The price of Alaska sourced snow crab has reached its highest level in the past few years, with increases of around one dollar in all sizes. This comes as a result of a drastic 40% cutback in catch quotas in this U.S. state, falling from 30.8 million kilogrammes to 18.1.

Experts forecast that the value of this species has already reached its ceiling, since it is unlikely that producers can move their stock in line with current price tags. At the same time, experts have their eyes pinned on the forthcoming snow crab catching season in Canada, due to open in April next, with lower prices and substantially higher quotas, which will probably influence in lowering the prices of its Alaskan counterpart.

Despite the figures in which Alaska snow crab moves, demand from Japan for this species, as well as for its Canadian counterpart, have remained stable as a result of a more limited supply from Russia, since both countries undersigned a bilateral agreement against illegal catching of snow crab.

The European Commission’s Joint Research Centre has developed a new tool, known as MFA (Mapping Fishing Activities). This tool offers, for the first time, a high resolution map showing the intensity of fishing activity in EU waters.

This map has been developed with the follow-up data from the Automatic Identification System (AIS) used for identifying and locating vessels. In fact, it is the use of this tool where the innovative factor of the MFA lies since, until now, analyses of fishing activity were mainly based on figures taken from administrative sources rather than from data from an open source.

The fish processing industry in China is mainly located in Yantai, Qingdao and Dalian, but some experts note that this will not be the case for long, at least as far as pollock is concerned, as it will soon be including Hunchun on this platform, a city on the Chinese border with Russia and North Korea.

Hunchun is becoming an attractive centre for the processing industry since, following on from an agreement between China and North Korea, it is able to contract Korean manpower, which is at a lower cost than in the case of the Asian giant. Apart from accessing the raw material – pollock – it is also easier due to the closeness of the Russian border. Both factors contribute to getting more profitability out of the product in terms of the traditional production centres, a fact that has not been overlooked by companies such as Dalian Baolong or Yantai Dachen, firms that are already considering establishing pollock production plants in this city.

We take this opportunity to remind you that 8th February next marks the beginning of the Chinese New Year, meaning a holiday break throughout the country lasting from 10 to 15 days.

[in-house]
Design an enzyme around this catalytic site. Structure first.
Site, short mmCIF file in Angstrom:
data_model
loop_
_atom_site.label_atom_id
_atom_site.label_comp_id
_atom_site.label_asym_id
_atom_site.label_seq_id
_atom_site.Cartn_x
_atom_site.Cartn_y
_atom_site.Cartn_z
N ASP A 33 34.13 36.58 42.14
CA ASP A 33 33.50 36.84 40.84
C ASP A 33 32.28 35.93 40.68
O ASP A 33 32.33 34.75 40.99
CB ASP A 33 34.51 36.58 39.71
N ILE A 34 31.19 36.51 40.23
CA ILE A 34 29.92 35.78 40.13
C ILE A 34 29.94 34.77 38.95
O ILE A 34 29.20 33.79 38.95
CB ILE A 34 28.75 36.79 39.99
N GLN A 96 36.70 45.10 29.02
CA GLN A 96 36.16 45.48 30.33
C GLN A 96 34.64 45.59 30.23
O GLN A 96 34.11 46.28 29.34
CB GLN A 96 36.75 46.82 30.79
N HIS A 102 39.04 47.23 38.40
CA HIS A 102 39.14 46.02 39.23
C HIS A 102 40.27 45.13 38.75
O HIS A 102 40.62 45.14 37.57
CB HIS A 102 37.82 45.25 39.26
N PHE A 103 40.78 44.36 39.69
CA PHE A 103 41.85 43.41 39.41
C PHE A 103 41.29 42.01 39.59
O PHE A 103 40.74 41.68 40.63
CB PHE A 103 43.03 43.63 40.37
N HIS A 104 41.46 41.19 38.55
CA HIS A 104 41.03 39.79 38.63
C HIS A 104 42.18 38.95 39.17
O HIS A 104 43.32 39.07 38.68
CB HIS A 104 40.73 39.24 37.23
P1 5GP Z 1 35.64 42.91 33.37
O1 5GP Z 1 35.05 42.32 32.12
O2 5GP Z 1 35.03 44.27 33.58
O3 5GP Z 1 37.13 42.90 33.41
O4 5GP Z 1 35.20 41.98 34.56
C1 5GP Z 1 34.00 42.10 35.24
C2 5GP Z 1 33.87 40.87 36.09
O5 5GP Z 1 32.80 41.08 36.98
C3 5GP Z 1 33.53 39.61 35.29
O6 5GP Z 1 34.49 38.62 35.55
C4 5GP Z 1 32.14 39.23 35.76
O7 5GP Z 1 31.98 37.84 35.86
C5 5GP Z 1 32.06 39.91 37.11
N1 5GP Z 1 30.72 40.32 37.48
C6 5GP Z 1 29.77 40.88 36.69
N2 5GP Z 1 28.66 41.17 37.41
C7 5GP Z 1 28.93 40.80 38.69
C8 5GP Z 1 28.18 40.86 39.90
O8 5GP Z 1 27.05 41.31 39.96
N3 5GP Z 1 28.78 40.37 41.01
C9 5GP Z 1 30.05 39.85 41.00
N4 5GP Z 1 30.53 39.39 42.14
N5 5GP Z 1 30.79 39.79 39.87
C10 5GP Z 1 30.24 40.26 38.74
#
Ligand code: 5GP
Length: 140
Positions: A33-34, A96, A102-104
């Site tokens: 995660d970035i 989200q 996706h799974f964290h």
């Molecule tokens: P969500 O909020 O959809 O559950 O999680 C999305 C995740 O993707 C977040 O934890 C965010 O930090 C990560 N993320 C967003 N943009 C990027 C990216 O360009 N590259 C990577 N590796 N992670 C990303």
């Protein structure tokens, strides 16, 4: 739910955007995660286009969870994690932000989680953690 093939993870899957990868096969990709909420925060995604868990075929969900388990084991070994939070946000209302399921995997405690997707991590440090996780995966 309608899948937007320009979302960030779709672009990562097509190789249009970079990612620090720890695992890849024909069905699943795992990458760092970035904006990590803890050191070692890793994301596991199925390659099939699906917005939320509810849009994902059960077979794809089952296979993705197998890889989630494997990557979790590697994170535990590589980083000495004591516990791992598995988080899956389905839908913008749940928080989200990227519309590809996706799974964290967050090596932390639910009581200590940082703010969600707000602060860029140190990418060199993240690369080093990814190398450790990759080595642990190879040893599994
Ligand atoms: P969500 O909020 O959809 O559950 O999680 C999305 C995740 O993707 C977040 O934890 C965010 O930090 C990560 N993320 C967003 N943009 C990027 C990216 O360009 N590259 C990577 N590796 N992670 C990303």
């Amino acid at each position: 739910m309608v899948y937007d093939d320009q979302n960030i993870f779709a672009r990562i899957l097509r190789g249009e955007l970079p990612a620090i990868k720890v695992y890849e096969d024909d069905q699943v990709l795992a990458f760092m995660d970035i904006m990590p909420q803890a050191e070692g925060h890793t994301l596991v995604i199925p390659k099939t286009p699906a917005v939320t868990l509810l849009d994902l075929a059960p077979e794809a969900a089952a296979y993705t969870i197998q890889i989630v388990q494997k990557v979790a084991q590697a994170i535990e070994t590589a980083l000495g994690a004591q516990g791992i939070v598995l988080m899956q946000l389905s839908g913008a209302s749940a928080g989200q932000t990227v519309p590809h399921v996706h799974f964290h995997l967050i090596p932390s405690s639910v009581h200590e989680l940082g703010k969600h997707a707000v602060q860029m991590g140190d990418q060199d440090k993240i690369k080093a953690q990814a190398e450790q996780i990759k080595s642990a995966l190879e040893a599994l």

The Spanish risk capital firm, Portobello Capital, has acquired a majority stake, as reported in some media outlets, of 55% in Ibérica de Congelados (the Iberconsa Group), one of the main leaders worldwide in the seafood products sector, headquartered in Vigo (Spain).

Alberto Freire, Iberconsa Director, has stated that with this operation, they will bolster their financial structure by increasing their capacity to become involved in new projects and will strengthen supervisory competences and management of the group, backed by Portobello’s know-how. The latter company expressed its satisfaction at the signing of capital with this operation, since they are aware that the sector has an increasingly important project in the world of food due to the increasing interest in fish proteins, thanks to current consumer trends and to its nutritional quality.

The first Bluefin tuna auction was held at the start of this month in Tsukiji, the largest fish market in the world, located in Tokyo (Japan). In this edition, for all intents and purposes, record figures were reached with the sale of a 200 kg tuna for 14 million Yens (€ 108,376) at 70,000 Yens per kilo (€ 542).

This specimen was acquired by Kiyoshi Kimur, owner of a well-known chain of sushi restaurants, making this auction his most profitable publicity campaign. At this edition, the 4.51 million Yens (€ 34,919) that Kimura himself shelled out last year for the most coveted specimen were trebled, amounting to almost double the 7.36 million Yens (€ 56,998) that this businessman paid out in 2014. Even so, the auction failed to reach the record figure of 155.4 million Yens (€ 1.07 million) paid out by this Japanese entrepreneur in 2013.